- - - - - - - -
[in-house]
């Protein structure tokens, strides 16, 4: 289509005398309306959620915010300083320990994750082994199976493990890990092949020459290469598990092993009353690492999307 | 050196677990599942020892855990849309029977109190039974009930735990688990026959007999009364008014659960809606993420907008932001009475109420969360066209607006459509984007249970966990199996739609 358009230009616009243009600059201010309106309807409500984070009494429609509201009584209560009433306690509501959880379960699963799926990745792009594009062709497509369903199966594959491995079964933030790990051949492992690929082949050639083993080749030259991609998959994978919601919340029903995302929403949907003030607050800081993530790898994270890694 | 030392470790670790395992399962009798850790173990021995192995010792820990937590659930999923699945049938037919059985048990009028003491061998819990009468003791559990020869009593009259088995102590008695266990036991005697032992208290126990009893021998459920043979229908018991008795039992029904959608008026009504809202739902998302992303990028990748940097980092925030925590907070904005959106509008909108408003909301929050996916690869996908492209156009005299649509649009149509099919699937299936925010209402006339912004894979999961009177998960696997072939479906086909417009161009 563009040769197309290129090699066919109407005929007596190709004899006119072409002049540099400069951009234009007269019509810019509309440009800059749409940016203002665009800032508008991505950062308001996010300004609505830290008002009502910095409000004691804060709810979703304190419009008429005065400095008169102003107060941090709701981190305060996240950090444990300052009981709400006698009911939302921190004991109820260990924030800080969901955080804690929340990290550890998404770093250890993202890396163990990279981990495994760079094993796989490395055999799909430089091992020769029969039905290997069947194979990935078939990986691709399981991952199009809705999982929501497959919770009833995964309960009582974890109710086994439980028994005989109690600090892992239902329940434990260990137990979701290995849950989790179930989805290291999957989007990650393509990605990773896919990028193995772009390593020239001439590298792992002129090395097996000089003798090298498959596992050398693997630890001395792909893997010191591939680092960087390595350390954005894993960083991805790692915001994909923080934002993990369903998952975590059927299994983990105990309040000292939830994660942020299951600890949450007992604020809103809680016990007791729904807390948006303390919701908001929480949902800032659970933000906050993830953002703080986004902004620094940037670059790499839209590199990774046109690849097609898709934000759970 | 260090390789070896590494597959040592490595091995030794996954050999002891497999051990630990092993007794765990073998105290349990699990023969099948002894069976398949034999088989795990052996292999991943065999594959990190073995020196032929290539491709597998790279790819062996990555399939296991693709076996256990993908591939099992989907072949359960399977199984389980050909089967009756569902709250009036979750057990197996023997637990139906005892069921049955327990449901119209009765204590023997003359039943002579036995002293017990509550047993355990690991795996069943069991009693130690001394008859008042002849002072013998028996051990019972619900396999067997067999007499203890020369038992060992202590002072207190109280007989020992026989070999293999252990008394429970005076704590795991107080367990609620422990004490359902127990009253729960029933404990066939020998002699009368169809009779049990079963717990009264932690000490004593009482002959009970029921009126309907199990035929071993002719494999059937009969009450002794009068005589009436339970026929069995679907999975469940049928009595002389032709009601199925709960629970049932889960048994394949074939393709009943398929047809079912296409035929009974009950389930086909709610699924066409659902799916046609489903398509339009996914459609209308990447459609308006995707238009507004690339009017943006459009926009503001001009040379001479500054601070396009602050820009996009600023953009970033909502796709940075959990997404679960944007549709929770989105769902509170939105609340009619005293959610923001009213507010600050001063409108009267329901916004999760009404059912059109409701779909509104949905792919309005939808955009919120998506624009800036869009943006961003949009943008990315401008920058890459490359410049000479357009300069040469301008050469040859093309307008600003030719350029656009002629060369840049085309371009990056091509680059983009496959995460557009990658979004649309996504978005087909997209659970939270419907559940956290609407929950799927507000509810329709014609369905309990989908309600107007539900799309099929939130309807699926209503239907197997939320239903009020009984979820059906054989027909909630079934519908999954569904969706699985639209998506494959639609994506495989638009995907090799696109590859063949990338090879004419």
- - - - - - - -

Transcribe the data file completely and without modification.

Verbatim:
[in-house]
């Protein structure tokens, strides 16, 4: 289509005398309306959620915010300083320990994750082994199976493990890990092949020459290469598990092993009353690492999307 | 050196677990599942020892855990849309029977109190039974009930735990688990026959007999009364008014659960809606993420907008932001009475109420969360066209607006459509984007249970966990199996739609 358009230009616009243009600059201010309106309807409500984070009494429609509201009584209560009433306690509501959880379960699963799926990745792009594009062709497509369903199966594959491995079964933030790990051949492992690929082949050639083993080749030259991609998959994978919601919340029903995302929403949907003030607050800081993530790898994270890694 | 030392470790670790395992399962009798850790173990021995192995010792820990937590659930999923699945049938037919059985048990009028003491061998819990009468003791559990020869009593009259088995102590008695266990036991005697032992208290126990009893021998459920043979229908018991008795039992029904959608008026009504809202739902998302992303990028990748940097980092925030925590907070904005959106509008909108408003909301929050996916690869996908492209156009005299649509649009149509099919699937299936925010209402006339912004894979999961009177998960696997072939479906086909417009161009 563009040769197309290129090699066919109407005929007596190709004899006119072409002049540099400069951009234009007269019509810019509309440009800059749409940016203002665009800032508008991505950062308001996010300004609505830290008002009502910095409000004691804060709810979703304190419009008429005065400095008169102003107060941090709701981190305060996240950090444990300052009981709400006698009911939302921190004991109820260990924030800080969901955080804690929340990290550890998404770093250890993202890396163990990279981990495994760079094993796989490395055999799909430089091992020769029969039905290997069947194979990935078939990986691709399981991952199009809705999982929501497959919770009833995964309960009582974890109710086994439980028994005989109690600090892992239902329940434990260990137990979701290995849950989790179930989805290291999957989007990650393509990605990773896919990028193995772009390593020239001439590298792992002129090395097996000089003798090298498959596992050398693997630890001395792909893997010191591939680092960087390595350390954005894993960083991805790692915001994909923080934002993990369903998952975590059927299994983990105990309040000292939830994660942020299951600890949450007992604020809103809680016990007791729904807390948006303390919701908001929480949902800032659970933000906050993830953002703080986004902004620094940037670059790499839209590199990774046109690849097609898709934000759970 | 260090390789070896590494597959040592490595091995030794996954050999002891497999051990630990092993007794765990073998105290349990699990023969099948002894069976398949034999088989795990052996292999991943065999594959990190073995020196032929290539491709597998790279790819062996990555399939296991693709076996256990993908591939099992989907072949359960399977199984389980050909089967009756569902709250009036979750057990197996023997637990139906005892069921049955327990449901119209009765204590023997003359039943002579036995002293017990509550047993355990690991795996069943069991009693130690001394008859008042002849002072013998028996051990019972619900396999067997067999007499203890020369038992060992202590002072207190109280007989020992026989070999293999252990008394429970005076704590795991107080367990609620422990004490359902127990009253729960029933404990066939020998002699009368169809009779049990079963717990009264932690000490004593009482002959009970029921009126309907199990035929071993002719494999059937009969009450002794009068005589009436339970026929069995679907999975469940049928009595002389032709009601199925709960629970049932889960048994394949074939393709009943398929047809079912296409035929009974009950389930086909709610699924066409659902799916046609489903398509339009996914459609209308990447459609308006995707238009507004690339009017943006459009926009503001001009040379001479500054601070396009602050820009996009600023953009970033909502796709940075959990997404679960944007549709929770989105769902509170939105609340009619005293959610923001009213507010600050001063409108009267329901916004999760009404059912059109409701779909509104949905792919309005939808955009919120998506624009800036869009943006961003949009943008990315401008920058890459490359410049000479357009300069040469301008050469040859093309307008600003030719350029656009002629060369840049085309371009990056091509680059983009496959995460557009990658979004649309996504978005087909997209659970939270419907559940956290609407929950799927507000509810329709014609369905309990989908309600107007539900799309099929939130309807699926209503239907197997939320239903009020009984979820059906054989027909909630079934519908999954569904969706699985639209998506494959639609994506495989638009995907090799696109590859063949990338090879004419």